It was such an amazing experience to be a part of something so big. I feel incredibly grateful Bridgewater gave me this opportunity.
We know Bears populate residence halls and classrooms, but what else calls BSU home? That’s the question biology students sought to answer as part of the first nationwide mammal survey.
The students and Associate Professor Caitlin Fisher-Reid placed motion-activated cameras in the woods on Great Hill as part of the groundbreaking Snapshot USA study.
“It was such an amazing experience to be a part of something so big,” said Alex Bebko, ’20, of Westborough. “I feel incredibly grateful Bridgewater gave me this opportunity.”
Snapshot USA is a collaboration of more than 150 scientists who placed and monitored 1,509 cameras at 110 sites across all 50 states. The Smithsonian Conservation Biology Institute and the North Carolina Museum of Natural Sciences organized the project, whose fall 2019 results were recently published in the journal Ecology.
The BSU contingent was surprised by the variety of wildlife photographed on campus, including squirrels, coyotes, fox and fishers. Seeing a fisher is unusual because they roam over a large area.
Studying and cataloging the images resembled a treasure hunt because students never knew what surprises would be waiting in the next photo. The cameras provided a unique peak into nature because many creatures are nocturnal and shy away from humans.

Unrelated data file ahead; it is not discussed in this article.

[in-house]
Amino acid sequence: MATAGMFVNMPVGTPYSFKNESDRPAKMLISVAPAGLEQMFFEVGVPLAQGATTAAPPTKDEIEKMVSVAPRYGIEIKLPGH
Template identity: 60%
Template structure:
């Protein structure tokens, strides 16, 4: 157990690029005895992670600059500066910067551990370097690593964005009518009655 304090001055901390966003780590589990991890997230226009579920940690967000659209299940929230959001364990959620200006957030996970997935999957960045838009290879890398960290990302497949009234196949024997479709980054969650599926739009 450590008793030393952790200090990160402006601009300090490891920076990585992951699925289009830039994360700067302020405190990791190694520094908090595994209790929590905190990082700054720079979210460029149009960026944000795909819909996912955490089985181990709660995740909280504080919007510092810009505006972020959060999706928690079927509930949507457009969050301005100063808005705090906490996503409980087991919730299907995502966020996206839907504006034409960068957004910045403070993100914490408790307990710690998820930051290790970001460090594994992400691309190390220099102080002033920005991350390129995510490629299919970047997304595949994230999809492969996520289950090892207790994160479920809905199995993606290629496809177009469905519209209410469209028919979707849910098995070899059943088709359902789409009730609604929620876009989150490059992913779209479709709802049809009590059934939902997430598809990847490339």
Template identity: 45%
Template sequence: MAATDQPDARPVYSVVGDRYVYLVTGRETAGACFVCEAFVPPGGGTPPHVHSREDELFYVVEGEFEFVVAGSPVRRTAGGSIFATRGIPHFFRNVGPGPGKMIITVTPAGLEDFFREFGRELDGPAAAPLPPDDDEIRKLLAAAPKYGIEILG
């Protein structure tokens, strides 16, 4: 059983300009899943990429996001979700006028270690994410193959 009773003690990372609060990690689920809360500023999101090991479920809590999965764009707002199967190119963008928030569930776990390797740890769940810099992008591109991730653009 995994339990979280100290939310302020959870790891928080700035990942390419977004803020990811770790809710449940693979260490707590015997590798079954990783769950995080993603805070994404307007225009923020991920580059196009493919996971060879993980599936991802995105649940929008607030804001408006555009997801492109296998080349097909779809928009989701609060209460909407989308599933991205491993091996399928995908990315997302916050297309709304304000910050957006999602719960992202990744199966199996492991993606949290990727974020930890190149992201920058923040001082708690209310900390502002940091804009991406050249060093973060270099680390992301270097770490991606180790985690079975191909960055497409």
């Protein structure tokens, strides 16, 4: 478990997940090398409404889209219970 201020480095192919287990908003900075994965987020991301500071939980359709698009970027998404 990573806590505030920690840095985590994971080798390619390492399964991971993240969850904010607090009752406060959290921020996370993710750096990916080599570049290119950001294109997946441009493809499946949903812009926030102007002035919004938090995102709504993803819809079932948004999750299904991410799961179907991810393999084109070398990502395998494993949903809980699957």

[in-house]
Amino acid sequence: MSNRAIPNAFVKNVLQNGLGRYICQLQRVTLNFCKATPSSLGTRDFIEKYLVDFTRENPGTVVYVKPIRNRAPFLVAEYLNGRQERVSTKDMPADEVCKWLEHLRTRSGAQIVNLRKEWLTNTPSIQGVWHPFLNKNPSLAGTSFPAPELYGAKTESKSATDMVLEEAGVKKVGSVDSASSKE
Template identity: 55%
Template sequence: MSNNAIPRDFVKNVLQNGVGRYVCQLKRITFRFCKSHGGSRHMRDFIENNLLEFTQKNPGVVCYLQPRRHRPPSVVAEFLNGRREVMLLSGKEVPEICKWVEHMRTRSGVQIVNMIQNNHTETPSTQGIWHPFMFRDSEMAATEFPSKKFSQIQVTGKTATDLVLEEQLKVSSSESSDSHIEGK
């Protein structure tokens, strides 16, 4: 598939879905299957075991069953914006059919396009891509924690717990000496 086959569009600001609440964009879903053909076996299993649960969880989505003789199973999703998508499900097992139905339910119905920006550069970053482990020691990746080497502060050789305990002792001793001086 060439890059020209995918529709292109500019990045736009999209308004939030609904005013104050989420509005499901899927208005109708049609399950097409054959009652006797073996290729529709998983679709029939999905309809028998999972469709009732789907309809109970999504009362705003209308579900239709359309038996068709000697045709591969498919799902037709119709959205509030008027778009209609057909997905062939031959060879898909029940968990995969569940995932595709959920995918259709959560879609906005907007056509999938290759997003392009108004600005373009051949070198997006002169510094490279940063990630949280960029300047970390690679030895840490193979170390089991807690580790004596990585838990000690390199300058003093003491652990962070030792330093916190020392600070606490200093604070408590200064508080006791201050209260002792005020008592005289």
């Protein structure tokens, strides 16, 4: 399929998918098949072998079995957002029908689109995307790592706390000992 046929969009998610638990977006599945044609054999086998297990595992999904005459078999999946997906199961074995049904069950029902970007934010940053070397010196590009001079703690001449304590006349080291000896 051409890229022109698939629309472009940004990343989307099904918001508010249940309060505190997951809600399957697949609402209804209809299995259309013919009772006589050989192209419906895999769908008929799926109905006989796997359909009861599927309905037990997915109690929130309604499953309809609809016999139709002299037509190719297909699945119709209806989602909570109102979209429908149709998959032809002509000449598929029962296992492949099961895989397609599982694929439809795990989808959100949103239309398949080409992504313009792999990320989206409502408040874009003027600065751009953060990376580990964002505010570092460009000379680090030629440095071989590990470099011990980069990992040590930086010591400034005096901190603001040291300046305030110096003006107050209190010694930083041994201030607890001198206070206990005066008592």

“One image that really sticks out is of a coyote hunting something,” said Sean King, ’21, of Brockton. “We don’t know what it was hunting, but it was clearly in that stance.”
They cannot yet make multi-year conclusions about species and the forest, but Dr. Fisher-Reid plans to maintain the cameras to gather additional data and continue giving undergraduates valuable research experience.
She appreciates BSU’s woods, which eliminate logistical challenges of doing off-campus field work.
“The forest is one of the reasons I came to Bridgewater,” she said. “It’s big enough that we have a lot of things in there. What was most revealing was how many mammals there are. It’s amazing. It’s just this patch of woods in the middle of suburbia.”
In addition to the thrill of discovery, students benefitted from hands-on research. Working on Snapshot USA eased their nerves for their future endeavors.
“This was my first year in research,” said Drew Rezendes, ’22, of Attleboro, who joined the project in 2020. “It just helps me meet some people and gives me more experience in a research group.”
Do you have a BSU story you'd like to share? Email email@example.com.